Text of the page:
Hiroshi Minami, Japan’s Ambassador for Civil Society and Deputy Director-General of Global Issues. (IWN photos)
Hiroshi Minami, Japan’s Ambassador for Civil Society and Deputy Director-General of Global Issues. (IWN photos)

By Kenton X. Chance

WARSAW, Poland — A Caribbean climate talks negotiator is questioning Japan’s intention in announcing on Wednesday US$16 billion in aid to developing countries, less than one week after it announced a reduction in its carbon emissions target

In his statement to the high level segment of the talks on Wednesday, Nobuteru Ishihara, 
Japan’s Minister of the Environment, announced that Tokyo will “provide support to developing countries” totalling 1.6 trillion yen, about US$16 billion from 2013 to 2015.

“We will mobilize official development assistance, other official flows, and private finance in the field of mitigation and adaptation,” Ishihara further said.

The announcement came in the wake of the shocking announcement by Tokyo last Friday that it was decreasing its carbon emissions target.

The initial goal was to achieve a 2020 target of 3.8 per cent below 2005 levels, but Tokyo said it would reduce emissions by 25 per cent from 1990 levels.

Tokyo said that the revision was necessary as a result of the Fukushima nuclear meltdown, but environmental activists dismissed this as merely an excuse.

Hiroshi Minami, Japan’s Ambassador for Civil Society and Deputy Director-General of Global Issues at the Ministry of Foreign Affairs, told a press conference Wednesday that this is a voluntary commitment and Japan is willing to provide climate finance, but will not ask other developed countries to make similar commitments.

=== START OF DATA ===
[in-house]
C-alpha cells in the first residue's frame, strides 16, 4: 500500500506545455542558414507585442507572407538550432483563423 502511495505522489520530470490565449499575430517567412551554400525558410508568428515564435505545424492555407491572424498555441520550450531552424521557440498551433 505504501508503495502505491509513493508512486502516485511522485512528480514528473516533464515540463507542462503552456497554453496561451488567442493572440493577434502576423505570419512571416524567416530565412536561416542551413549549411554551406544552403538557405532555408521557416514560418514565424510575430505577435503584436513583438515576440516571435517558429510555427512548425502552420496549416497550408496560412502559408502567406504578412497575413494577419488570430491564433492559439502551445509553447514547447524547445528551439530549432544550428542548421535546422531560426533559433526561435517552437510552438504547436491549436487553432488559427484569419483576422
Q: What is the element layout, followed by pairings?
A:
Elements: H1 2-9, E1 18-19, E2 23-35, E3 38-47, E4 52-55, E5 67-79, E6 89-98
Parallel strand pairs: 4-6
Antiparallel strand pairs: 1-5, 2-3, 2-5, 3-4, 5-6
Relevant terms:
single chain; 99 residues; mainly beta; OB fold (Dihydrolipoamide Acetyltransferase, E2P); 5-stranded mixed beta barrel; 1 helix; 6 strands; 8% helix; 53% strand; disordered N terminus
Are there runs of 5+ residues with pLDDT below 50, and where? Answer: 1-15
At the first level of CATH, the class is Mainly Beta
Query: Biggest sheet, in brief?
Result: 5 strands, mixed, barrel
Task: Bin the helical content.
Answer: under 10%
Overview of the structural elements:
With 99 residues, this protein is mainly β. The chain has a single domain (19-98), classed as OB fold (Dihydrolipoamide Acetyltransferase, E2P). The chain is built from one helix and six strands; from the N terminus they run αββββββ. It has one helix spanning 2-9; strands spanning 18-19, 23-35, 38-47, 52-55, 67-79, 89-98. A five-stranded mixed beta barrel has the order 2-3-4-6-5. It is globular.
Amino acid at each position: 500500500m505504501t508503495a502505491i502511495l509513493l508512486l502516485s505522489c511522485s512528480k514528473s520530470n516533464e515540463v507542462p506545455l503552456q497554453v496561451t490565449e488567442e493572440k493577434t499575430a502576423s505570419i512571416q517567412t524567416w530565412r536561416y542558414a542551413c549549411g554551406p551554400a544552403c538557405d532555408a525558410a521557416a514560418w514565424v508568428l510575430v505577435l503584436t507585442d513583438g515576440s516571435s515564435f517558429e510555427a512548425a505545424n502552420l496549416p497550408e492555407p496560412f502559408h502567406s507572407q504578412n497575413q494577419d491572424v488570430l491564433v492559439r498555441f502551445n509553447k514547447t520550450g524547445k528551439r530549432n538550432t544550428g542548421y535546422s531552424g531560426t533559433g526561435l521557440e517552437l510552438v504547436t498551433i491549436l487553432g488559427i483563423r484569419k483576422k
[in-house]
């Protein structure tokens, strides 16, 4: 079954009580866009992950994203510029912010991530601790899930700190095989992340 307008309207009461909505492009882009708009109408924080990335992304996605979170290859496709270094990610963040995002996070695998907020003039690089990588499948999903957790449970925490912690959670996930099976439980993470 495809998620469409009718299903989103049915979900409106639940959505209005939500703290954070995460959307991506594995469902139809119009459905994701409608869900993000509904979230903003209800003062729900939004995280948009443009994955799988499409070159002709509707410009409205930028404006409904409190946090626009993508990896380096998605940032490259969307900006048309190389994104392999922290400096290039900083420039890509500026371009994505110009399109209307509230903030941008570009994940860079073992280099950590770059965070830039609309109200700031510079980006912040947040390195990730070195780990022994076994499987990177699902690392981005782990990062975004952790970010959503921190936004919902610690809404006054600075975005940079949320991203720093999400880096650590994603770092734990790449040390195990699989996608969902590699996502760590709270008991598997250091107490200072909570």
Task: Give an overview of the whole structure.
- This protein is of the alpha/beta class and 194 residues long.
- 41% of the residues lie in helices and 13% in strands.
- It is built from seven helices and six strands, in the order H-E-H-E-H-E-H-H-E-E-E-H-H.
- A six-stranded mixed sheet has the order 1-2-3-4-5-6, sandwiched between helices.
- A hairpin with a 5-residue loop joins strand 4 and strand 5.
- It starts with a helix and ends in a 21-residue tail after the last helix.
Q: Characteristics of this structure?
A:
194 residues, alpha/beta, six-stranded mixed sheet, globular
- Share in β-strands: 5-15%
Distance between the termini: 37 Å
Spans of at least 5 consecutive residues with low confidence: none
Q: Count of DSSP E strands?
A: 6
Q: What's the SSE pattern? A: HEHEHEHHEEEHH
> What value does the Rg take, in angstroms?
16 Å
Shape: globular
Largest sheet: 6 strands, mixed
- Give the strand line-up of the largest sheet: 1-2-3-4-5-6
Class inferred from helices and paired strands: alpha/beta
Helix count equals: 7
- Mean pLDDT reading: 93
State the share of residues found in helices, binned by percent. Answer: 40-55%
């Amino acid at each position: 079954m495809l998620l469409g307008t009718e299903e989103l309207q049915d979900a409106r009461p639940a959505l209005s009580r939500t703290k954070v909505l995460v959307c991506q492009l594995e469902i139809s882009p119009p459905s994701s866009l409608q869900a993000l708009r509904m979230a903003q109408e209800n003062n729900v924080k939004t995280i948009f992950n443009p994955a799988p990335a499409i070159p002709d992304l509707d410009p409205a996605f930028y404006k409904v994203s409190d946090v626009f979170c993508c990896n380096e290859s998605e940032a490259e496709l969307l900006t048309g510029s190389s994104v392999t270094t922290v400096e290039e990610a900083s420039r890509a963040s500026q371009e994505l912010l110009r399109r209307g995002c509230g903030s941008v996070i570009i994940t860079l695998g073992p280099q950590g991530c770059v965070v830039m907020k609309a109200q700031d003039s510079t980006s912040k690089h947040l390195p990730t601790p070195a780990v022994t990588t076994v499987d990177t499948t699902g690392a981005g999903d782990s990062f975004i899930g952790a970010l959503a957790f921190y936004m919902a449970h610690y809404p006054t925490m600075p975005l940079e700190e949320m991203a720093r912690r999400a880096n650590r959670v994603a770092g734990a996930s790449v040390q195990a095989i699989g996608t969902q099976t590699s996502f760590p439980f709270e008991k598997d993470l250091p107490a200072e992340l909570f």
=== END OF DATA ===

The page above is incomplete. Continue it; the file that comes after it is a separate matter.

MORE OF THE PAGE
Developed countries have agreed to scale up to US$100 billion a year their contribution to financing for climate change mitigation and adaptation projects and programmes.

But the Caribbean negotiator, who asked not to be identified, questioned whether the U$16 billion is separate from the development aid that Japan normally gives.

“Is it over and above official development assistance (ODA)?” the Caribbean negotiator said, noting that developed countries had agreed to contribute 0.7 per cent of their GDP to developing nations.

“If so, let’s thank the Japanese for their generosity,” the negotiator said, adding that the money is intending to placate developing countries after their strong condemnation of the revised target.

Asked how the US$16 billion is to be distributed and whether any had been earmarked for Caribbean nations, Minami said that of the US$16 billion, US$3 billion will be provided from private finance, and the rest will be provided by public finance.

He, however, said the composition of the US$13 billion is yet to be decided and the government will work on it in the coming month.

He said that the money will focus on disaster risk reduction and utilise new scheme, for example Stand-by Emergency Credit for Urgent Recovery (SECURE), and promote the substantial scale-up of private climate finance by utilising public financial instruments.

He further said that an agreement on loss and damage as a consequence of climate change was mandated from last year’s talks and that Japan would want a tangible and practical outcome on that.

He said that while negotiators are working hard towards a consensual pact, they were yet to reach an agreement.

The 19th Conference of the Parties to the United Nations Framework Convention on Climate Change (UNFCCC COP 19) and the 9th Session of the Conference of Parties serving as the Meeting of the Parties to the Kyoto Protocol (CMP 9) are being held here from November 11 to 22.